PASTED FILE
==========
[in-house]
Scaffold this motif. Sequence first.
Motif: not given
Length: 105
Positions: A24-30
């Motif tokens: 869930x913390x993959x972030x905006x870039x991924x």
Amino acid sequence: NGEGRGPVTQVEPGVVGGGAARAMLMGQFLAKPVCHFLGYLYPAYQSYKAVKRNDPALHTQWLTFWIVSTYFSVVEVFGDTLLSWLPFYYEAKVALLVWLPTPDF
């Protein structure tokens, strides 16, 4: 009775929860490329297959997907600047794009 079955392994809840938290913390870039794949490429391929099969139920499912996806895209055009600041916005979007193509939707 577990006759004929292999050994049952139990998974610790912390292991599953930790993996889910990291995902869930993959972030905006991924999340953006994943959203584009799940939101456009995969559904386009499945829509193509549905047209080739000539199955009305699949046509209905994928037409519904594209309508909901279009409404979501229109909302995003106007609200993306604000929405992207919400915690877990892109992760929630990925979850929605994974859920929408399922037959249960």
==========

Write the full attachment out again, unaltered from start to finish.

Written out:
[in-house]
Scaffold this motif. Sequence first.
Motif: not given
Length: 105
Positions: A24-30
């Motif tokens: 869930x913390x993959x972030x905006x870039x991924x």
Amino acid sequence: NGEGRGPVTQVEPGVVGGGAARAMLMGQFLAKPVCHFLGYLYPAYQSYKAVKRNDPALHTQWLTFWIVSTYFSVVEVFGDTLLSWLPFYYEAKVALLVWLPTPDF
């Protein structure tokens, strides 16, 4: 009775929860490329297959997907600047794009 079955392994809840938290913390870039794949490429391929099969139920499912996806895209055009600041916005979007193509939707 577990006759004929292999050994049952139990998974610790912390292991599953930790993996889910990291995902869930993959972030905006991924999340953006994943959203584009799940939101456009995969559904386009499945829509193509549905047209080739000539199955009305699949046509209905994928037409519904594209309508909901279009409404979501229109909302995003106007609200993306604000929405992207919400915690877990892109992760929630990925979850929605994974859920929408399922037959249960």